Artwork by Tina White
The Summit Playhouse, a non-profit community theatre, was founded in 1918 as a World War I relief organization. Since then, we have mounted over 300 productions, and we are one of the oldest continuously operating community theatres in the United States. We produce three Main Stage shows a year, with performances in November, February/March, and April/May. Kaleidoscope Youth Theatre presents a Junior production in December and July, a full-length musical every summer, and various workshops throughout the year.
Our community service includes a benefit performance of each of our regular plays, theater awards for Dramatic Arts students, and Summit community collaborations. Our Kaleidoscope productions have traveled to various outreach locations, including special education schools, nursing homes, and children's hospitals, to share our productions with those who cannot travel to see them.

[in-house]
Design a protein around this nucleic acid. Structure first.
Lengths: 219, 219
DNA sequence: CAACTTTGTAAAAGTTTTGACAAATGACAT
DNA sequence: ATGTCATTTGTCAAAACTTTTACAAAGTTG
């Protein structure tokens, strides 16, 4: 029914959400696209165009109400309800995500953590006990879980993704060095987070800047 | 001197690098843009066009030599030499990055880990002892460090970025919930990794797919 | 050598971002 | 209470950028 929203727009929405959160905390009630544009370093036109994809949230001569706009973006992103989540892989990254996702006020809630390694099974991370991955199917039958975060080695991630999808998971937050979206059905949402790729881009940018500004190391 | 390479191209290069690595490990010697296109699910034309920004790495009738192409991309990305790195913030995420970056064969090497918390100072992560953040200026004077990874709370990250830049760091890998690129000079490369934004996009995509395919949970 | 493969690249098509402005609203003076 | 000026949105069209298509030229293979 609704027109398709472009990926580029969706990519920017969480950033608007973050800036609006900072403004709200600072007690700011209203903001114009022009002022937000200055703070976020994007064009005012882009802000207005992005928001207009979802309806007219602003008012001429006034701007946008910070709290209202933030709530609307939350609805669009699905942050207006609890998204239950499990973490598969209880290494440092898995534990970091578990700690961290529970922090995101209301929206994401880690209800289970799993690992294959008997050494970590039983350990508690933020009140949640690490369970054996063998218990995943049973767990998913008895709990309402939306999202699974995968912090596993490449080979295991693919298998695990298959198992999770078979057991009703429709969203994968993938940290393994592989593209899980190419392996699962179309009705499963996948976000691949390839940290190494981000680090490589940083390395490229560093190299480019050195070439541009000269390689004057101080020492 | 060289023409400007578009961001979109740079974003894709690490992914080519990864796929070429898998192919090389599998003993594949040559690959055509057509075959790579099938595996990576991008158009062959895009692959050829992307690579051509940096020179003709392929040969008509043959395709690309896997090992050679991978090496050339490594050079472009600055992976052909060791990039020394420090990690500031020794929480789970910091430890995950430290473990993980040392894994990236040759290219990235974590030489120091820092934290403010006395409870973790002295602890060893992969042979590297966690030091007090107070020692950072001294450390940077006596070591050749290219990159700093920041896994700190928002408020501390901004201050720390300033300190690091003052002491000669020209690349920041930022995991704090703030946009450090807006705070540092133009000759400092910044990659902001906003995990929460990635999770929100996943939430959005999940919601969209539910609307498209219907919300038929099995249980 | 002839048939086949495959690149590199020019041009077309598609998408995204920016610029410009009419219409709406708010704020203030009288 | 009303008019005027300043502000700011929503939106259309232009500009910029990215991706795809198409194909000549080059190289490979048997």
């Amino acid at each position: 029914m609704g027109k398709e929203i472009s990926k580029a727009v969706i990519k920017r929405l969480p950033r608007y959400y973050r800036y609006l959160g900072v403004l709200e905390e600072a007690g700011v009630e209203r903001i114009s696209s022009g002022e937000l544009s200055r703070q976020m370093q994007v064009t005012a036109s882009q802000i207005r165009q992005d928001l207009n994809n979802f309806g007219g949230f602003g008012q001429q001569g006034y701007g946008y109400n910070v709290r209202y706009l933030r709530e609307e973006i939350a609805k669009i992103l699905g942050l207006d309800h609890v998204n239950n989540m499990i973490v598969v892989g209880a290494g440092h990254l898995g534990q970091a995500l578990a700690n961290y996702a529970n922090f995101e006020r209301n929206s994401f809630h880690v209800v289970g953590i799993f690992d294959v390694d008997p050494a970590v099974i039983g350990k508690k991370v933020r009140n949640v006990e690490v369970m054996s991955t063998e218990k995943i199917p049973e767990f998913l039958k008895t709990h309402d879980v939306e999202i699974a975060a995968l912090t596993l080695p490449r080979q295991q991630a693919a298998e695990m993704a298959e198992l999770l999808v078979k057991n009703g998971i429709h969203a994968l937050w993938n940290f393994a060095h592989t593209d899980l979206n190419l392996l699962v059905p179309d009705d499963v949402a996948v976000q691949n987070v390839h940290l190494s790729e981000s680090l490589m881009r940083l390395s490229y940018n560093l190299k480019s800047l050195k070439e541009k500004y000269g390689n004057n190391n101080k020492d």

We have our own theatre, off Springfield Avenue just west of the Summit business district, which is listed on the National Registry of Historic Buildings. The old stone part of the building was constructed in 1891 to house Summit's first library. At that time, the library was run by the Summit Library Association, a private, non-profit organization. In 1900, the City of Summit established a municipal library (the Summit Free Public Library), and took over day-to-day operation of the library; in 1910, the city constructed a new library building and abandoned the old building at 10 New England Avenue. It was standing empty when our founders began using it as a theatre in 1918. For the next 50 years, the Summit Playhouse Association rented it, for one dollar a year, from the Summit Library Association. During that time we maintained and improved the building, and in 1960, we added a 120-seat auditorium and converted the original 1891 building into a stage. In 1968, the Summit Library Association, now essentially defunct, officially deeded the building -- its last remaining asset -- to us.